Review: Odu Raja Odu – Quirky comedy

Can a set-top box and a puff of weed push one to convoluted plight? Says yes, the director duo Nishant-Jathin in their debut flick ‘Odu Raja Odu’.

With an uncredited usage of butterfly effect in the narration, the filmmakers have made this heist thriller in a Syuzhet structure screenplay.

It all starts with Mano (Guru Somasundaram) saying,”I never knew a set-top box would be this significant to run a life.”

But, the story is not just about Mano. There is a hyperlink as well in this multiple-timeline structure that tells stories of two kidnappers, two gangs and two notorious toddlers. If you keep a track of all these incidents it becomes a little simple to understand the plot. There are a couple of sequences where the toddlers come across the other three storylines just to create a conflict to take the narration to next level.

Odu Raja Odu’ seems to have all its links sublime. But, there are instances where we feel like they are placed forcibly.

However, at the end, when it connects back to any of the other three storylines, the filmmakers establish a fine-drawn justification. There are a lot of realisation moments filled in the narration. Say, the intriguing misplacements of a mole on the face of Kalimuthu (Nasser), and in the climax where Chellamuthu (Ravindra Vijay) and Gajapathy(Melvin) playing ‘dishkyoon’ with guns.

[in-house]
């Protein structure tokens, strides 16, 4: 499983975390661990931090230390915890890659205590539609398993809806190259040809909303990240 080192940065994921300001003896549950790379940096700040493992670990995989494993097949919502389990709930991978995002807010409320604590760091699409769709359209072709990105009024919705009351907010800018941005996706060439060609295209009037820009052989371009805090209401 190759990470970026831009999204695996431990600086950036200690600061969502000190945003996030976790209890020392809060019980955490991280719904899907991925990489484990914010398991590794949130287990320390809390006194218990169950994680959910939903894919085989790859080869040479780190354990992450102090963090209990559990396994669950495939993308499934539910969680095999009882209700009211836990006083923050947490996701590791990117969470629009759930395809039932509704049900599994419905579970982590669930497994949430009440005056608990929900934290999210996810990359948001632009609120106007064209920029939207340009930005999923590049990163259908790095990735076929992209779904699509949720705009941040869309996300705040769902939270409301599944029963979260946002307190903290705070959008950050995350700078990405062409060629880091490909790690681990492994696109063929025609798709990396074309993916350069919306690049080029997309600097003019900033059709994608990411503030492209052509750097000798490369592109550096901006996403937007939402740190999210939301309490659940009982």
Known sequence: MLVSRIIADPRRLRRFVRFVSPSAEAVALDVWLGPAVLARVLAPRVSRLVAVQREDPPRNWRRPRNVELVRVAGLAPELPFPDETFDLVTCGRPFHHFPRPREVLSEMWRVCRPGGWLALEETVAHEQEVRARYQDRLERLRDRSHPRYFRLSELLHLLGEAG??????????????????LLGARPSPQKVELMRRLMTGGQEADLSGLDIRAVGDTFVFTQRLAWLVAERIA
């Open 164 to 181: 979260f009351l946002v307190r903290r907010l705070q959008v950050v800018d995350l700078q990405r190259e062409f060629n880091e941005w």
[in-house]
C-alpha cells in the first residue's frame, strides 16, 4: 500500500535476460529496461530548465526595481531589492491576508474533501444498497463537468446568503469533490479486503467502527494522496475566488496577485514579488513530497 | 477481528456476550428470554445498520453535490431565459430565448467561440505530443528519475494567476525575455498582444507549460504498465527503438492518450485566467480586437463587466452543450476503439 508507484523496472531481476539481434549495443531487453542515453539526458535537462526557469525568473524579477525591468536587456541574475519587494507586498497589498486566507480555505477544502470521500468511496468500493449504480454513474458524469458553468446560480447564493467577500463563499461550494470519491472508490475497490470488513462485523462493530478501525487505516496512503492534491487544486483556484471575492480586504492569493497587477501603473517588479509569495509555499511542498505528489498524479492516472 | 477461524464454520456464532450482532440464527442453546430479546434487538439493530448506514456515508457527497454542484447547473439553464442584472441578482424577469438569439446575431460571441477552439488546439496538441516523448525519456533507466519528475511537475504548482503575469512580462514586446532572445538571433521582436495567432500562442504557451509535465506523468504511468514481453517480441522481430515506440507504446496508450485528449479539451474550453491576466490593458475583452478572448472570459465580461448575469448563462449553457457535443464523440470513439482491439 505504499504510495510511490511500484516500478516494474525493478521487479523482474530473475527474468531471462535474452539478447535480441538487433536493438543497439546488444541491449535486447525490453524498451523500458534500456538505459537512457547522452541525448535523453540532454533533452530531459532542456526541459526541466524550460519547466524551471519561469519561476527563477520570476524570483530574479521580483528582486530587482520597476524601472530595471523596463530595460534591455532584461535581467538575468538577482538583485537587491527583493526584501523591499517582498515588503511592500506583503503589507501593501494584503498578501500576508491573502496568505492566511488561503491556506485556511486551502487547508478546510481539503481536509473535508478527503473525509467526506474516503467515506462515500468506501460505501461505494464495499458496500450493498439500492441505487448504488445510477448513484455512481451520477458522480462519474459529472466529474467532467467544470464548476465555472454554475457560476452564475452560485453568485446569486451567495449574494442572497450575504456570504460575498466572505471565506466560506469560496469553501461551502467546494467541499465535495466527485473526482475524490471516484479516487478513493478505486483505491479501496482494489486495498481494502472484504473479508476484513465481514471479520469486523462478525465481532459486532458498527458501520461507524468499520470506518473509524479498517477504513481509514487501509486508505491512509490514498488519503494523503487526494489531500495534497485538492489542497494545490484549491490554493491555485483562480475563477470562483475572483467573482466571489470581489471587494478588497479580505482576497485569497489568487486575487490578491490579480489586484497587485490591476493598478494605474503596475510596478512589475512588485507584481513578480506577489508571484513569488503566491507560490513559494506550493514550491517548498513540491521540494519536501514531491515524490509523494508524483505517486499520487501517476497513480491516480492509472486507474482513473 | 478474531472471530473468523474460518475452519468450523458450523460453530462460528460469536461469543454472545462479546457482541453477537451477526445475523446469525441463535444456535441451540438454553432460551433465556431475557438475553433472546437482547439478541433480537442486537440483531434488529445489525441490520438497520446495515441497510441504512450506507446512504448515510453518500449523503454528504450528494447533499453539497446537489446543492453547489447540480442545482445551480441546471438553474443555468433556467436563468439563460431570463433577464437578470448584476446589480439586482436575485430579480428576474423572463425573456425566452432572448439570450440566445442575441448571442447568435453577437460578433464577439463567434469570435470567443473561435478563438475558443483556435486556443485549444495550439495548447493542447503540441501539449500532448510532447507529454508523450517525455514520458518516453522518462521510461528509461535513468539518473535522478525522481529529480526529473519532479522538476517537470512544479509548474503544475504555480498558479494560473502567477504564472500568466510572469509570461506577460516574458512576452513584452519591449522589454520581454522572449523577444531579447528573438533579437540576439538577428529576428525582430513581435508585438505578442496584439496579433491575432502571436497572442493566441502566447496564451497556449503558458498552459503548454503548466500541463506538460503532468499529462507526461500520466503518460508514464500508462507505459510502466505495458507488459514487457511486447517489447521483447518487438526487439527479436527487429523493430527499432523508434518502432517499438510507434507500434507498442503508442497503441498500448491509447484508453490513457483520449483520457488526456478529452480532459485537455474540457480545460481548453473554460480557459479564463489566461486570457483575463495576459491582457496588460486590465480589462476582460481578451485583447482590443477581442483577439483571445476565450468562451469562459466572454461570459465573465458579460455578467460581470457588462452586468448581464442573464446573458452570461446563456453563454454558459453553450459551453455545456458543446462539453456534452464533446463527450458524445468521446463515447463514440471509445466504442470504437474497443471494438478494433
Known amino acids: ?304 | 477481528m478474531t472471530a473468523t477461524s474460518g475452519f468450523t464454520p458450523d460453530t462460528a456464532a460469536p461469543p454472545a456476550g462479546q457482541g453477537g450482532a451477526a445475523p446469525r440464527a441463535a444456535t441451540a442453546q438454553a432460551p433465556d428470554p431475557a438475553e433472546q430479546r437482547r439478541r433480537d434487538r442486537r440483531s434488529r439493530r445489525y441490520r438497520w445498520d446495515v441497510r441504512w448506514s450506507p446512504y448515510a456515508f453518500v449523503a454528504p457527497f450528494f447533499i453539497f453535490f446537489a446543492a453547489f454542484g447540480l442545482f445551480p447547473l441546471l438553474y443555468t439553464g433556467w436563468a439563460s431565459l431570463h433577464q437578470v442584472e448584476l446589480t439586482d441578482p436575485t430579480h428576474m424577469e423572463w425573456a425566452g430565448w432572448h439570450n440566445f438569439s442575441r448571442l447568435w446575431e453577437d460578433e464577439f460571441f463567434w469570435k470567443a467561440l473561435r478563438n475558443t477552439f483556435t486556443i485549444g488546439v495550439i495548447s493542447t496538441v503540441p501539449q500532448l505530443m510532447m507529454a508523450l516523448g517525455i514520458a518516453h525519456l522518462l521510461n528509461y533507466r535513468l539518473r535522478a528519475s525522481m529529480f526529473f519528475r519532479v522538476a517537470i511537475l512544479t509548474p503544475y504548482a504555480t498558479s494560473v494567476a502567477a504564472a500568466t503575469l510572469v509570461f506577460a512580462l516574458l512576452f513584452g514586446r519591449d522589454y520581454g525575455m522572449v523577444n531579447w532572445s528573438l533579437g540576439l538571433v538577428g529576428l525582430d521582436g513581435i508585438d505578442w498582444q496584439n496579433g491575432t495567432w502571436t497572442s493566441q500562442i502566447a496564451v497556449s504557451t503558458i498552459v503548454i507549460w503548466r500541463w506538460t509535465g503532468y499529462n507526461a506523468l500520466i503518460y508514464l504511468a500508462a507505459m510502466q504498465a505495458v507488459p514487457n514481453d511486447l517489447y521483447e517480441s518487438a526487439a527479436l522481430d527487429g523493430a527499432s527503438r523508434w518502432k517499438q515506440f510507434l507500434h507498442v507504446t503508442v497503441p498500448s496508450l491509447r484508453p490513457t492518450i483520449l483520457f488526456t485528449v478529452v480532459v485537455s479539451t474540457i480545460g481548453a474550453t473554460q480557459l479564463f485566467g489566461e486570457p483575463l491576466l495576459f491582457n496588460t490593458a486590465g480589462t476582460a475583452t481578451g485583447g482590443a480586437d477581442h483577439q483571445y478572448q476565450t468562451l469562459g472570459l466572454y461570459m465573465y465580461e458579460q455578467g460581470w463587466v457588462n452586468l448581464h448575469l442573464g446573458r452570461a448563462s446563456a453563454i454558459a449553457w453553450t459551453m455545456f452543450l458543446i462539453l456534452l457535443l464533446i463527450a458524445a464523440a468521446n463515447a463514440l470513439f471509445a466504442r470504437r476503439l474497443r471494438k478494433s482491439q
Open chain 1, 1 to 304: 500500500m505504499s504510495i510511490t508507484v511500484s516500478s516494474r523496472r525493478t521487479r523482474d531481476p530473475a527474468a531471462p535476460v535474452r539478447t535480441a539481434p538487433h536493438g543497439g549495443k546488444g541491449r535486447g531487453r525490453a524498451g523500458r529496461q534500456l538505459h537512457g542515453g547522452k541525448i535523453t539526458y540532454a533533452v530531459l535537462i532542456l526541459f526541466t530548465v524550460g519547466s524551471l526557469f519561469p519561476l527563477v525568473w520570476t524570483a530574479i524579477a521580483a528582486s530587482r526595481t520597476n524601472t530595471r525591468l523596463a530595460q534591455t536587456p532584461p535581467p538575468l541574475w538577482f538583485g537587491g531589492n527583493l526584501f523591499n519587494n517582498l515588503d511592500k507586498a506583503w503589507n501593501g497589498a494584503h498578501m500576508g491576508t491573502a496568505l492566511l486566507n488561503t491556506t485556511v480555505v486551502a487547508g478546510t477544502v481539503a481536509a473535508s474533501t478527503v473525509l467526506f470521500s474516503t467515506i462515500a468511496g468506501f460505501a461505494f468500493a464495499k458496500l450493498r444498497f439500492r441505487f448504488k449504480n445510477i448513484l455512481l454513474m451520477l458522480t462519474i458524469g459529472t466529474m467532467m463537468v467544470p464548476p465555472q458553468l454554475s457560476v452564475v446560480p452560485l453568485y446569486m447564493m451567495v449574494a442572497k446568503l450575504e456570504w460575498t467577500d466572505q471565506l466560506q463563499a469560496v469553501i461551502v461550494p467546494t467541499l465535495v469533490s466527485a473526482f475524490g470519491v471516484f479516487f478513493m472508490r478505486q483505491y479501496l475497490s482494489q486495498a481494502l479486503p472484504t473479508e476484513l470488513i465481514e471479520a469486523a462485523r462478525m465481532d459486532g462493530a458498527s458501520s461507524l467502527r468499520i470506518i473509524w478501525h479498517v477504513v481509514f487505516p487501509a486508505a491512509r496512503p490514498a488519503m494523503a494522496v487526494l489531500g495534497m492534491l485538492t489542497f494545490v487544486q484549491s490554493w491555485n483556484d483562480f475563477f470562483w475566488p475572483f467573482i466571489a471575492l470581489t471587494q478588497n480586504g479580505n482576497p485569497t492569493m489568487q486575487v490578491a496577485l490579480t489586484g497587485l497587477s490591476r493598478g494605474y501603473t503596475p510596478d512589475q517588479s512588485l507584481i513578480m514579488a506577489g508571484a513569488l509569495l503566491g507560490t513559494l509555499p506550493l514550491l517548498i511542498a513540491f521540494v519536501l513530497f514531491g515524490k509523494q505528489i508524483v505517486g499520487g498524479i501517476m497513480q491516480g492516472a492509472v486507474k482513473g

The cast-sheet of ‘Odu Raja Odu’ runs to pages, eventually making none of them has a longer screenspace.

Despite this, even a single character of the movie is not irrelevant. Even, the unnamed role of Powerstar Srinivasan has a very consequential part to play. And Guru, who is in the middle of all these has a driven the with his naive and innocent emotions.

Lakshmi Priyaa playing his opposite does not have much to do onscreen, but whatever she does reminds how natural a wife would demand something from her man, but actually is in an emotional need.

Was that just because of Guru in the lead, or a similar hyperlink, we feel ‘Odu Raja Odu’ to be similar with ‘Aaranya Kandam’. Though the latter was a serious neo-noir, this one totally is a quirky comedy.

But like ‘Aaranya Kandam’, and unlike other gangster stories we have seen in Tamil, ‘Odu Raja Odu’ opens debate on a number of societal aspects.

It touches upon polyandry and an unsatisfied married life in one side, and apparently deals with the quarrel between a couple who are made for each other.

Santhosh Mathevan